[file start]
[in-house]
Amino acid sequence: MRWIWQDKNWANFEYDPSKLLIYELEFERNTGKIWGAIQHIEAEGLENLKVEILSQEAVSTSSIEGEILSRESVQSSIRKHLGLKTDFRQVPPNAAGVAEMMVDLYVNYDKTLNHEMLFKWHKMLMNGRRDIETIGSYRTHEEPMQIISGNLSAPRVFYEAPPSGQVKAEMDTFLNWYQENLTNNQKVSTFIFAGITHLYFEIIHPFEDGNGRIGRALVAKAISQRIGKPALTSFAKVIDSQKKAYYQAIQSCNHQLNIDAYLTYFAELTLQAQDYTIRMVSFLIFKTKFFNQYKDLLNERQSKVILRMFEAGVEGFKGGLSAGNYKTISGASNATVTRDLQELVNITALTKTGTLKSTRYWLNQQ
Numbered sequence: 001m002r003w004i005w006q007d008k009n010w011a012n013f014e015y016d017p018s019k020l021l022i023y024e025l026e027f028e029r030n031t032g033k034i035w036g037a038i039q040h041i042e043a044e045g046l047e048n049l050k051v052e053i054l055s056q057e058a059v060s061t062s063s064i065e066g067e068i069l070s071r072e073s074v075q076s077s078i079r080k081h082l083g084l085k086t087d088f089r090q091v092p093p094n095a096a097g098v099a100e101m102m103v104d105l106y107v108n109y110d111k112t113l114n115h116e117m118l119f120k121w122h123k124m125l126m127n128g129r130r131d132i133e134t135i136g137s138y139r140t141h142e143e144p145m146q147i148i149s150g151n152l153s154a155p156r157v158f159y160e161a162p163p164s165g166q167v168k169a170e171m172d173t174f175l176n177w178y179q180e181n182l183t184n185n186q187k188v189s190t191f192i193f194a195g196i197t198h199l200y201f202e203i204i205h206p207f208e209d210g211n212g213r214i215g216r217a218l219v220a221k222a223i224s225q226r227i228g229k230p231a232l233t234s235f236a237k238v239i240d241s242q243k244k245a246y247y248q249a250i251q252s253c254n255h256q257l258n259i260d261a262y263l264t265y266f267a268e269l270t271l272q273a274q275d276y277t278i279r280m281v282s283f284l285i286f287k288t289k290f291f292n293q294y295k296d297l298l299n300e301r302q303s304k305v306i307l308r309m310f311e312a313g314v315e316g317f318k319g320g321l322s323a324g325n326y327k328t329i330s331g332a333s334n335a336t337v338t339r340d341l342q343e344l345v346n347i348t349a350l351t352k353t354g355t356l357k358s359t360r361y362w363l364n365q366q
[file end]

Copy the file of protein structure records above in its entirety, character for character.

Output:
[in-house]
Amino acid sequence: MRWIWQDKNWANFEYDPSKLLIYELEFERNTGKIWGAIQHIEAEGLENLKVEILSQEAVSTSSIEGEILSRESVQSSIRKHLGLKTDFRQVPPNAAGVAEMMVDLYVNYDKTLNHEMLFKWHKMLMNGRRDIETIGSYRTHEEPMQIISGNLSAPRVFYEAPPSGQVKAEMDTFLNWYQENLTNNQKVSTFIFAGITHLYFEIIHPFEDGNGRIGRALVAKAISQRIGKPALTSFAKVIDSQKKAYYQAIQSCNHQLNIDAYLTYFAELTLQAQDYTIRMVSFLIFKTKFFNQYKDLLNERQSKVILRMFEAGVEGFKGGLSAGNYKTISGASNATVTRDLQELVNITALTKTGTLKSTRYWLNQQ
Numbered sequence: 001m002r003w004i005w006q007d008k009n010w011a012n013f014e015y016d017p018s019k020l021l022i023y024e025l026e027f028e029r030n031t032g033k034i035w036g037a038i039q040h041i042e043a044e045g046l047e048n049l050k051v052e053i054l055s056q057e058a059v060s061t062s063s064i065e066g067e068i069l070s071r072e073s074v075q076s077s078i079r080k081h082l083g084l085k086t087d088f089r090q091v092p093p094n095a096a097g098v099a100e101m102m103v104d105l106y107v108n109y110d111k112t113l114n115h116e117m118l119f120k121w122h123k124m125l126m127n128g129r130r131d132i133e134t135i136g137s138y139r140t141h142e143e144p145m146q147i148i149s150g151n152l153s154a155p156r157v158f159y160e161a162p163p164s165g166q167v168k169a170e171m172d173t174f175l176n177w178y179q180e181n182l183t184n185n186q187k188v189s190t191f192i193f194a195g196i197t198h199l200y201f202e203i204i205h206p207f208e209d210g211n212g213r214i215g216r217a218l219v220a221k222a223i224s225q226r227i228g229k230p231a232l233t234s235f236a237k238v239i240d241s242q243k244k245a246y247y248q249a250i251q252s253c254n255h256q257l258n259i260d261a262y263l264t265y266f267a268e269l270t271l272q273a274q275d276y277t278i279r280m281v282s283f284l285i286f287k288t289k290f291f292n293q294y295k296d297l298l299n300e301r302q303s304k305v306i307l308r309m310f311e312a313g314v315e316g317f318k319g320g321l322s323a324g325n326y327k328t329i330s331g332a333s334n335a336t337v338t339r340d341l342q343e344l345v346n347i348t349a350l351t352k353t354g355t356l357k358s359t360r361y362w363l364n365q366q